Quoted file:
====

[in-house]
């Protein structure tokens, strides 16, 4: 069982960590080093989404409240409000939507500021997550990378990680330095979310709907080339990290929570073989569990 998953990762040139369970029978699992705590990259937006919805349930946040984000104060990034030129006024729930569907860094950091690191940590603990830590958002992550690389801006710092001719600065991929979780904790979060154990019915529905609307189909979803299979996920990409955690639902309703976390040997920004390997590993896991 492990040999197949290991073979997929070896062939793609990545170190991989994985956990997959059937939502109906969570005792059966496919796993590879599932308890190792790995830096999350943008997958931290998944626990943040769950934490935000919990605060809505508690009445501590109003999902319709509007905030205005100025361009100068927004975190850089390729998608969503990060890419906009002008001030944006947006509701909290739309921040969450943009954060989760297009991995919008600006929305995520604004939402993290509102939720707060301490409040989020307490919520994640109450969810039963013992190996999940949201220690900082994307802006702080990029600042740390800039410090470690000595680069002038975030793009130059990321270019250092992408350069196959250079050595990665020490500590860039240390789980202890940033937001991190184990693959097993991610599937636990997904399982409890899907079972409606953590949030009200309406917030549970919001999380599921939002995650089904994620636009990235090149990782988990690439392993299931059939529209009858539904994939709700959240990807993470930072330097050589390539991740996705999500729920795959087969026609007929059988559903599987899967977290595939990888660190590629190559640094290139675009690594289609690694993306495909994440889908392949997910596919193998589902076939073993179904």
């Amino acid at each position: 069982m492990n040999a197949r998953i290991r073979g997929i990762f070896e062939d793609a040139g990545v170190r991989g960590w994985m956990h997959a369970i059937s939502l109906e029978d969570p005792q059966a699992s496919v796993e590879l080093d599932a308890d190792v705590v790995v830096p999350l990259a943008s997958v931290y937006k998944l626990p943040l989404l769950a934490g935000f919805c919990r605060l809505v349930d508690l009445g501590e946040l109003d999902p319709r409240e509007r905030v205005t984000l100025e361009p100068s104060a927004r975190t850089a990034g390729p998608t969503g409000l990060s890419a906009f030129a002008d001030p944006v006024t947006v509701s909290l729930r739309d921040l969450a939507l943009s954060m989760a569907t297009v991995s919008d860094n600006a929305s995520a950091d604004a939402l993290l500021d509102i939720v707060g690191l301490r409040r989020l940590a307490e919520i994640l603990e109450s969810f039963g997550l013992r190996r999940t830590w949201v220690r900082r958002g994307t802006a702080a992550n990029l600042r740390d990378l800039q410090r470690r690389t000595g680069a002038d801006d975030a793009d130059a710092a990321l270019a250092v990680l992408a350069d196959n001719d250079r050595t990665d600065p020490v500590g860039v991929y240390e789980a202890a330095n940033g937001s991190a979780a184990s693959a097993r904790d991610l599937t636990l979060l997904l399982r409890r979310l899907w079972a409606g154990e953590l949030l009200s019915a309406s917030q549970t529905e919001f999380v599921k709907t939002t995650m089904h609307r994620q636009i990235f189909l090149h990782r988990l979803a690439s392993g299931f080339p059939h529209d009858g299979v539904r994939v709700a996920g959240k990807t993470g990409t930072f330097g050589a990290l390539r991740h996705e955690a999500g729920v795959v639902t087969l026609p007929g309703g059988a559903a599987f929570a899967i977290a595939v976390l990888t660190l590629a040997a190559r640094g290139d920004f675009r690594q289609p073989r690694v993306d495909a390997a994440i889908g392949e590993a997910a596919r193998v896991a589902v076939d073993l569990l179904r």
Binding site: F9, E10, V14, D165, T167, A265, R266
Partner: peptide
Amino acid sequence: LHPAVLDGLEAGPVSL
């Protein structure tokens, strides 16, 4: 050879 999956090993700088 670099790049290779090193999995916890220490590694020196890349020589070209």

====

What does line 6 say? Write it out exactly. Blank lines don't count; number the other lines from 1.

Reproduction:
Amino acid sequence: LHPAVLDGLEAGPVSL